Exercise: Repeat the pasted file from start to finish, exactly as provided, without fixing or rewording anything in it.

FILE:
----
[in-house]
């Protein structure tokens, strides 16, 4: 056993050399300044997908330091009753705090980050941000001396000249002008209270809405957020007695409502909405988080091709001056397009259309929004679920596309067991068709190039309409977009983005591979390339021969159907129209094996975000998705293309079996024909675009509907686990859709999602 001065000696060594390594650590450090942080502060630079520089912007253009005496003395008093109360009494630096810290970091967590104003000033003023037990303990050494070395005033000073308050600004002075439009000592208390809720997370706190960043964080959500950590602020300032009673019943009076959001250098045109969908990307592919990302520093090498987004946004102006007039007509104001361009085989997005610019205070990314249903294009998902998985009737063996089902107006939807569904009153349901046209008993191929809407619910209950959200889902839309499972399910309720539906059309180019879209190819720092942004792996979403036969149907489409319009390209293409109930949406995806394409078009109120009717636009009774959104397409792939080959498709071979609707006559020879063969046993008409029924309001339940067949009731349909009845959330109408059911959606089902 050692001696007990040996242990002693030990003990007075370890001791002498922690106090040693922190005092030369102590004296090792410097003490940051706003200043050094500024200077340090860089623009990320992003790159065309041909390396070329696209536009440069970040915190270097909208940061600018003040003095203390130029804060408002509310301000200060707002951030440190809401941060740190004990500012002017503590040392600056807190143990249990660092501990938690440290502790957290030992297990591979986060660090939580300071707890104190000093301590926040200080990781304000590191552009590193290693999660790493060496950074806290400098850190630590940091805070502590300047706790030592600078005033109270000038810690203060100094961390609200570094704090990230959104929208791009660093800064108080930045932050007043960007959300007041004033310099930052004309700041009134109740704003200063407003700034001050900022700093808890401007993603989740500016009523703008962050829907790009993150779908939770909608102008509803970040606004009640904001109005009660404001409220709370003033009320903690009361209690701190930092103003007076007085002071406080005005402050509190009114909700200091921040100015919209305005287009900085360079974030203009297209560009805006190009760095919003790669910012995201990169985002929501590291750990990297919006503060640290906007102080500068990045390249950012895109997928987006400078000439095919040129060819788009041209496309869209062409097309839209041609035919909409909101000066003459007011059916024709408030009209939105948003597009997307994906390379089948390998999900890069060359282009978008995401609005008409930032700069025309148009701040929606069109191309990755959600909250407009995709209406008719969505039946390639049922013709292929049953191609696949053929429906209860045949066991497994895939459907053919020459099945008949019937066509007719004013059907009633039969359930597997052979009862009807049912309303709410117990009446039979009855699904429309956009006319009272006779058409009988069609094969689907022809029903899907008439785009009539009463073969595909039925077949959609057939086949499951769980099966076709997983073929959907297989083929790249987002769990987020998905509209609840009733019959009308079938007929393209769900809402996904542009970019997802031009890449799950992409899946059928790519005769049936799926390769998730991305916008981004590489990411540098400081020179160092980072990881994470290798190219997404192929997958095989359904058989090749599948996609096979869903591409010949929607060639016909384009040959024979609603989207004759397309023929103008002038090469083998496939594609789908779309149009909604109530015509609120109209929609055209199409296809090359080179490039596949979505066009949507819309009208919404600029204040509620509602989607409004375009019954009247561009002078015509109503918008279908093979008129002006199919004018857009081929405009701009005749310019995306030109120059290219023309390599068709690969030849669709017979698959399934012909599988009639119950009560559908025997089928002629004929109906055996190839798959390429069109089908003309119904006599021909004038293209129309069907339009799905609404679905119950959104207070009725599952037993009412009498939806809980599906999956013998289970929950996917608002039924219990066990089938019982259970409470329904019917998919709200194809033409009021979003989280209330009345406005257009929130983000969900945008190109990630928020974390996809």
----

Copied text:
[in-house]
């Protein structure tokens, strides 16, 4: 056993050399300044997908330091009753705090980050941000001396000249002008209270809405957020007695409502909405988080091709001056397009259309929004679920596309067991068709190039309409977009983005591979390339021969159907129209094996975000998705293309079996024909675009509907686990859709999602 001065000696060594390594650590450090942080502060630079520089912007253009005496003395008093109360009494630096810290970091967590104003000033003023037990303990050494070395005033000073308050600004002075439009000592208390809720997370706190960043964080959500950590602020300032009673019943009076959001250098045109969908990307592919990302520093090498987004946004102006007039007509104001361009085989997005610019205070990314249903294009998902998985009737063996089902107006939807569904009153349901046209008993191929809407619910209950959200889902839309499972399910309720539906059309180019879209190819720092942004792996979403036969149907489409319009390209293409109930949406995806394409078009109120009717636009009774959104397409792939080959498709071979609707006559020879063969046993008409029924309001339940067949009731349909009845959330109408059911959606089902 050692001696007990040996242990002693030990003990007075370890001791002498922690106090040693922190005092030369102590004296090792410097003490940051706003200043050094500024200077340090860089623009990320992003790159065309041909390396070329696209536009440069970040915190270097909208940061600018003040003095203390130029804060408002509310301000200060707002951030440190809401941060740190004990500012002017503590040392600056807190143990249990660092501990938690440290502790957290030992297990591979986060660090939580300071707890104190000093301590926040200080990781304000590191552009590193290693999660790493060496950074806290400098850190630590940091805070502590300047706790030592600078005033109270000038810690203060100094961390609200570094704090990230959104929208791009660093800064108080930045932050007043960007959300007041004033310099930052004309700041009134109740704003200063407003700034001050900022700093808890401007993603989740500016009523703008962050829907790009993150779908939770909608102008509803970040606004009640904001109005009660404001409220709370003033009320903690009361209690701190930092103003007076007085002071406080005005402050509190009114909700200091921040100015919209305005287009900085360079974030203009297209560009805006190009760095919003790669910012995201990169985002929501590291750990990297919006503060640290906007102080500068990045390249950012895109997928987006400078000439095919040129060819788009041209496309869209062409097309839209041609035919909409909101000066003459007011059916024709408030009209939105948003597009997307994906390379089948390998999900890069060359282009978008995401609005008409930032700069025309148009701040929606069109191309990755959600909250407009995709209406008719969505039946390639049922013709292929049953191609696949053929429906209860045949066991497994895939459907053919020459099945008949019937066509007719004013059907009633039969359930597997052979009862009807049912309303709410117990009446039979009855699904429309956009006319009272006779058409009988069609094969689907022809029903899907008439785009009539009463073969595909039925077949959609057939086949499951769980099966076709997983073929959907297989083929790249987002769990987020998905509209609840009733019959009308079938007929393209769900809402996904542009970019997802031009890449799950992409899946059928790519005769049936799926390769998730991305916008981004590489990411540098400081020179160092980072990881994470290798190219997404192929997958095989359904058989090749599948996609096979869903591409010949929607060639016909384009040959024979609603989207004759397309023929103008002038090469083998496939594609789908779309149009909604109530015509609120109209929609055209199409296809090359080179490039596949979505066009949507819309009208919404600029204040509620509602989607409004375009019954009247561009002078015509109503918008279908093979008129002006199919004018857009081929405009701009005749310019995306030109120059290219023309390599068709690969030849669709017979698959399934012909599988009639119950009560559908025997089928002629004929109906055996190839798959390429069109089908003309119904006599021909004038293209129309069907339009799905609404679905119950959104207070009725599952037993009412009498939806809980599906999956013998289970929950996917608002039924219990066990089938019982259970409470329904019917998919709200194809033409009021979003989280209330009345406005257009929130983000969900945008190109990630928020974390996809």